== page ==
The Republican and Democratic leaders of the House Ways and Means Committee have introduced bipartisan legislation to protect taxpayers against the inappropriate use of civil asset forfeitures by the Internal Revenue Service.
Ways and Means chairman Dave Camp, R-Mich., and ranking member Sander Levin, D-Mich., introduced the Taxpayer Protections Against Abusive Seizures Act, which would provide taxpayers with protections against the inappropriate application of civil forfeiture laws. The laws were enacted to curtail money laundering and terrorist activities, but a recent report in The New York Times found they have also been used to seize funds from some small businesses, in some cases leaving business owners with no working capital to make payroll and maintain needed inventory.
“In America, a citizen suspected of a crime is innocent until proven guilty,” Camp said in a statement. “All too often, however, our current laws allow the government to assume guilt without allowing the accused a speedy hearing, depriving them of much needed working capital. This bill provides average American small business owners the ability to challenge powerful government agencies like the IRS, and guarantees them their day in court.”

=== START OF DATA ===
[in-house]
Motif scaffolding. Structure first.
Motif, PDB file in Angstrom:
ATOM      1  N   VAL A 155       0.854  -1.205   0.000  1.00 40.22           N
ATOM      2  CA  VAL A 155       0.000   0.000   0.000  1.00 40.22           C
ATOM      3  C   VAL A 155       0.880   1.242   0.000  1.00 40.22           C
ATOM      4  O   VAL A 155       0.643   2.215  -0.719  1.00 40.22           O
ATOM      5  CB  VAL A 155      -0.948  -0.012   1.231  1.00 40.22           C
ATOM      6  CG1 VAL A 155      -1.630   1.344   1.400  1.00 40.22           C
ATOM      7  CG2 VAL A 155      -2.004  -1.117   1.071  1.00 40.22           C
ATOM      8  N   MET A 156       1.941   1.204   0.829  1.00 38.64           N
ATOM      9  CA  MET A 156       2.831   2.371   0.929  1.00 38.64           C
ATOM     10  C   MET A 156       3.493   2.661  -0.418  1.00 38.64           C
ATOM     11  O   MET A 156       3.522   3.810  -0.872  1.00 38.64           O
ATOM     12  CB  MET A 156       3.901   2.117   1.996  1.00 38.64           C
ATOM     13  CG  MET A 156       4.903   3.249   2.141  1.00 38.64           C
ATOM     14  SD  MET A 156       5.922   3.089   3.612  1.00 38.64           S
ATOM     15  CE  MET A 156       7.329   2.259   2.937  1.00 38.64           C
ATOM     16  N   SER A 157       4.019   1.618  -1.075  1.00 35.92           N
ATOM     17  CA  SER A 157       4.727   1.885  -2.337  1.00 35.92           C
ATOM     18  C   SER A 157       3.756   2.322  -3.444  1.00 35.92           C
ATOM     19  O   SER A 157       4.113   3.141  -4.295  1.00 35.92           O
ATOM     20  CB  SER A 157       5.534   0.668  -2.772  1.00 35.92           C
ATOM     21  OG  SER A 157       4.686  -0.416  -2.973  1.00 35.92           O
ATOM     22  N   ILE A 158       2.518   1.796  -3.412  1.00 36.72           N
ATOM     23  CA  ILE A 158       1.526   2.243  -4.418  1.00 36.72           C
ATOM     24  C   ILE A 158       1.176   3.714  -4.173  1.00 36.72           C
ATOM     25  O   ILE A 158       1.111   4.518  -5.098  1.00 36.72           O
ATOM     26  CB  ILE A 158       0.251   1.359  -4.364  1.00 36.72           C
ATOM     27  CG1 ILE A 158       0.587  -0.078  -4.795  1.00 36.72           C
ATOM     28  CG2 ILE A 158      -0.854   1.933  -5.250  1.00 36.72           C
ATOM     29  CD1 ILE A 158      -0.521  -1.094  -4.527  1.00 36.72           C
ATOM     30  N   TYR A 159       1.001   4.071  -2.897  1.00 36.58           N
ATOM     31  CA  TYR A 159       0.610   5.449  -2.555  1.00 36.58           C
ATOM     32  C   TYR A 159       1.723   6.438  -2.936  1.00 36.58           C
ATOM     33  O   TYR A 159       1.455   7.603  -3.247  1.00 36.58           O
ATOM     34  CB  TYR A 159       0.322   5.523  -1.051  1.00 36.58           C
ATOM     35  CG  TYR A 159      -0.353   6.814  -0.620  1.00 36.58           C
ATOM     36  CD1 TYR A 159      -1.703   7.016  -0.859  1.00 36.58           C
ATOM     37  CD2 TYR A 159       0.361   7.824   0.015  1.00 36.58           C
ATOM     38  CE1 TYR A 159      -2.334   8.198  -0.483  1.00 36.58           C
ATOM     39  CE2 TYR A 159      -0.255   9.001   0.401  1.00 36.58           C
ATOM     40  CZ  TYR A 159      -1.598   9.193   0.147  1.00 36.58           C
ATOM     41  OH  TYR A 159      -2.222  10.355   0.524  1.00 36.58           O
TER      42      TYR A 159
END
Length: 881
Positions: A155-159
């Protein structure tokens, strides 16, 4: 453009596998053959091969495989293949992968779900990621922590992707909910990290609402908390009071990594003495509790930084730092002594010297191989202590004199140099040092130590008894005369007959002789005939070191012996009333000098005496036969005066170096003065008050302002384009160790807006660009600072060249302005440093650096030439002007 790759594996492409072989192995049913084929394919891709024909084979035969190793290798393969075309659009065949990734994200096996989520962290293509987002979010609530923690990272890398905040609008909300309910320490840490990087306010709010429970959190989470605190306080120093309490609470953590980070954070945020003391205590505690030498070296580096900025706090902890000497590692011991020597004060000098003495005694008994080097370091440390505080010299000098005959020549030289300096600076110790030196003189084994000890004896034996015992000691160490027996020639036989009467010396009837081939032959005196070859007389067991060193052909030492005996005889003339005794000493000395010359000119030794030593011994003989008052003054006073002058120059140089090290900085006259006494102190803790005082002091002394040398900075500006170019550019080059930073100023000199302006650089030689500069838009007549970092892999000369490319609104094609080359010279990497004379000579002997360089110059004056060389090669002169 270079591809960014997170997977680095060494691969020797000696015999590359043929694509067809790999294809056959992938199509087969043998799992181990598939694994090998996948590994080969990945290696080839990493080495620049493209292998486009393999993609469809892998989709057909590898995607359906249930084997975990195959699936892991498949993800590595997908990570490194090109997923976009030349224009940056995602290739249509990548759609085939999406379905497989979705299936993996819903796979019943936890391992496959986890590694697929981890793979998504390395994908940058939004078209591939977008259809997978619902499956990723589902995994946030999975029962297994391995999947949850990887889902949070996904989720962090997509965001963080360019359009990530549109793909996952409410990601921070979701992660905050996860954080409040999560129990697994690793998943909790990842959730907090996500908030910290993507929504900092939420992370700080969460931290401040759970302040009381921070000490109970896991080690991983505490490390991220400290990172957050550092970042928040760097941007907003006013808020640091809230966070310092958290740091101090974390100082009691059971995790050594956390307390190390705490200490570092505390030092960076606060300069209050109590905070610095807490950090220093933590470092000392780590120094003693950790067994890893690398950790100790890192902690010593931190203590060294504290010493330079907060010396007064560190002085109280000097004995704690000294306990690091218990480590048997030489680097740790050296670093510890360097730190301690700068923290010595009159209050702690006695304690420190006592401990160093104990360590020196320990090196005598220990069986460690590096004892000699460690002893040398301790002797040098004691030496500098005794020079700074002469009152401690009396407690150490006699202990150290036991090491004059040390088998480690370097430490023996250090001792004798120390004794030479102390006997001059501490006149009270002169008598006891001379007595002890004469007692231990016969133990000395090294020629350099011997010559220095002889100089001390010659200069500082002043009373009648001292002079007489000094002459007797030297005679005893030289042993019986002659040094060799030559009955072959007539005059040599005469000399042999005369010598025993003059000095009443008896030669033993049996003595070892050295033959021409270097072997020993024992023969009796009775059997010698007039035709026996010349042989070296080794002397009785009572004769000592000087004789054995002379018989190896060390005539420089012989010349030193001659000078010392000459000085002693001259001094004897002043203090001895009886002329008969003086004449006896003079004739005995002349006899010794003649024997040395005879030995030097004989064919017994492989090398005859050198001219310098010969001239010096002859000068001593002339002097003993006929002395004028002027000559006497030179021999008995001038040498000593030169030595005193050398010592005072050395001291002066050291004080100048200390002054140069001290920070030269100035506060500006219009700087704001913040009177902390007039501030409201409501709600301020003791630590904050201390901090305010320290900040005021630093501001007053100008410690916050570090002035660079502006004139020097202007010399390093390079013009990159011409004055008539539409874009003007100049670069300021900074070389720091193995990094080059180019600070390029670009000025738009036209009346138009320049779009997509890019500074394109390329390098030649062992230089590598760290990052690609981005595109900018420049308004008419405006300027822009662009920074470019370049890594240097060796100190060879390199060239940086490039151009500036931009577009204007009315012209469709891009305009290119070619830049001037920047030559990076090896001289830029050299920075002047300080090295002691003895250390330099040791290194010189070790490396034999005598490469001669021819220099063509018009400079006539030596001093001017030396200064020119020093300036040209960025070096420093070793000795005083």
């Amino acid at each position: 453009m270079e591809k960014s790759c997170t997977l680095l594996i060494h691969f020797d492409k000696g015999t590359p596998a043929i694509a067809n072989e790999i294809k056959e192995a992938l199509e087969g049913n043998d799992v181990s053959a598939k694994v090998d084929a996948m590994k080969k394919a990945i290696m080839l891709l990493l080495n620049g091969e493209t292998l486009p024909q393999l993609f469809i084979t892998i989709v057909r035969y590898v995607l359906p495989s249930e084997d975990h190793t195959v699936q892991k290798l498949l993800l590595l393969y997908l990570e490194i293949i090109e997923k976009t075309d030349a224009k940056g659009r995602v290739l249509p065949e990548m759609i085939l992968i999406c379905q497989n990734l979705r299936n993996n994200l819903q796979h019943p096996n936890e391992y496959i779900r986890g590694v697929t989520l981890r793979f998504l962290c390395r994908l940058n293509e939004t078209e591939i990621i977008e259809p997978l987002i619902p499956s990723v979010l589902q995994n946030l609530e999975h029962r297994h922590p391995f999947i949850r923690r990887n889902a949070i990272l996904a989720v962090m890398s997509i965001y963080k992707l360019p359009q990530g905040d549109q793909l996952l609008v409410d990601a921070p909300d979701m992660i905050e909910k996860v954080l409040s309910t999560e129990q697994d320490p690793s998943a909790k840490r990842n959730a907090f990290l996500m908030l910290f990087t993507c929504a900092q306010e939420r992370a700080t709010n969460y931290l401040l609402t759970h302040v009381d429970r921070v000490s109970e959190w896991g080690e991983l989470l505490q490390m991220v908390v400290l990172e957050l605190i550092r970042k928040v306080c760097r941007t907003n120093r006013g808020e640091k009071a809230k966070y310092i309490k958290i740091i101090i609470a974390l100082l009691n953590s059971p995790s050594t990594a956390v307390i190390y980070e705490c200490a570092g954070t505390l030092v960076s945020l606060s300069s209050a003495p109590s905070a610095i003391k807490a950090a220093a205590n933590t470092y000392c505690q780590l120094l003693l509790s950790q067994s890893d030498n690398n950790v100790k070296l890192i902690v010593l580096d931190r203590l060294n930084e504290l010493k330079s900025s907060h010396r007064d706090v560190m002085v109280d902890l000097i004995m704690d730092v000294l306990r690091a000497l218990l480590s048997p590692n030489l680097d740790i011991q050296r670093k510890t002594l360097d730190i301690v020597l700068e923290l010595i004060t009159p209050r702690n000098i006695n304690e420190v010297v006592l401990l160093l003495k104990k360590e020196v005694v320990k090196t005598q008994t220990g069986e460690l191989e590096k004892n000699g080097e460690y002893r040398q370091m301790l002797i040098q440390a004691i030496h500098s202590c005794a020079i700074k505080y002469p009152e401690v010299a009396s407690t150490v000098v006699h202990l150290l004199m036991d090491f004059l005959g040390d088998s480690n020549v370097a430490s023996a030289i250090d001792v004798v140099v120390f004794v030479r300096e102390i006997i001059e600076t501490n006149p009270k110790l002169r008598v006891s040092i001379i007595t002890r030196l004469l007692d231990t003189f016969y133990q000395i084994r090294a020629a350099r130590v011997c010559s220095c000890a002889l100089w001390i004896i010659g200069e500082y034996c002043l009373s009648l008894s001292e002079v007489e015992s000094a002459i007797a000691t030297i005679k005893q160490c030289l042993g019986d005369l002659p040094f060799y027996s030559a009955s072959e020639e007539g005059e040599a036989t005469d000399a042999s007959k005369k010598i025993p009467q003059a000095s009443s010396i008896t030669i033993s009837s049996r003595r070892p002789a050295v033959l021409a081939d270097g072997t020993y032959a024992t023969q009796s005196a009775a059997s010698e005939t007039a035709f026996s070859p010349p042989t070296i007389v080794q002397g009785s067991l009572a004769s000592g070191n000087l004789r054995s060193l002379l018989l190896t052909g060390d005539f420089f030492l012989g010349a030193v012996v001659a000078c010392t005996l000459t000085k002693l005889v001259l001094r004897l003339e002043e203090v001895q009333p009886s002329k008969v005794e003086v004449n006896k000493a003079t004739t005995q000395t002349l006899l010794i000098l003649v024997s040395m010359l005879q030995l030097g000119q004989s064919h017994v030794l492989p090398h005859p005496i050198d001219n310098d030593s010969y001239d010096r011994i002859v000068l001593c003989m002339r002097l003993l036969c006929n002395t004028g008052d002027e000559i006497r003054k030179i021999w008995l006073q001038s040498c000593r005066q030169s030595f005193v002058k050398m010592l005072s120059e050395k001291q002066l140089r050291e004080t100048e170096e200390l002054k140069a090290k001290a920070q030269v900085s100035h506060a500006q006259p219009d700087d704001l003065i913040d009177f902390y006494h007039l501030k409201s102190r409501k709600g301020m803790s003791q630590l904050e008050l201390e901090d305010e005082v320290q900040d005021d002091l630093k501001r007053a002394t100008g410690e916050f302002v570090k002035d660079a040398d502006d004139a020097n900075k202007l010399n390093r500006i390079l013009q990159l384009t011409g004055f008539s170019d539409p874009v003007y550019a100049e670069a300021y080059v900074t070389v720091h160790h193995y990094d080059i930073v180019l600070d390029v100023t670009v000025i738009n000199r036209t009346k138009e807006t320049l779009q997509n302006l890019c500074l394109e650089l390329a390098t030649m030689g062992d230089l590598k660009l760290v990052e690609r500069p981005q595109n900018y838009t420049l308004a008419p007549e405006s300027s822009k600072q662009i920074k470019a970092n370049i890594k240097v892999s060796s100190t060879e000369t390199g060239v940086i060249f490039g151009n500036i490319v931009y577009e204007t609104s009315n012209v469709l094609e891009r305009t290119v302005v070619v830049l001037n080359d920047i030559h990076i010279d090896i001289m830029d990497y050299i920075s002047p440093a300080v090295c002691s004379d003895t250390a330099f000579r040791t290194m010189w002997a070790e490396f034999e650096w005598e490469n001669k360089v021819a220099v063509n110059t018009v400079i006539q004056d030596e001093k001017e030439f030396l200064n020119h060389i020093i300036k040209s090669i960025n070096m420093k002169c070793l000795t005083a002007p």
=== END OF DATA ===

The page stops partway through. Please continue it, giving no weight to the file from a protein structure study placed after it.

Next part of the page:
The laws are designed to prevent a practice called “structuring,” the act of making small cash deposits to avoid the $10,000 bank-reporting threshold that is commonly used by drug dealers, money launderers and terrorist entities to avoid detection by authorities. The laws authorize the government to seize the funds of those found engaging in structuring, and in the instance reported in The New York Times, there were inadequate opportunities for the business owner to challenge the seizures.
The legislation would provide that an affected person, within 14 days of receiving a notice of a seizure, could request a court to hold a probable cause hearing within 14 days of such request. In addition, the bill provides that if no hearing is held within 14 days of such a request, or if the government fails to show probable cause, the seized funds would automatically be returned to the individual.
“This legislation would give law-abiding taxpayers— including small business owners—an opportunity to challenge a notice of seizure and ensure that the IRS is acting appropriately and within the law,” said Levin. “Taxpayers have the right to due process when their property is seized, and this bill protects that right.”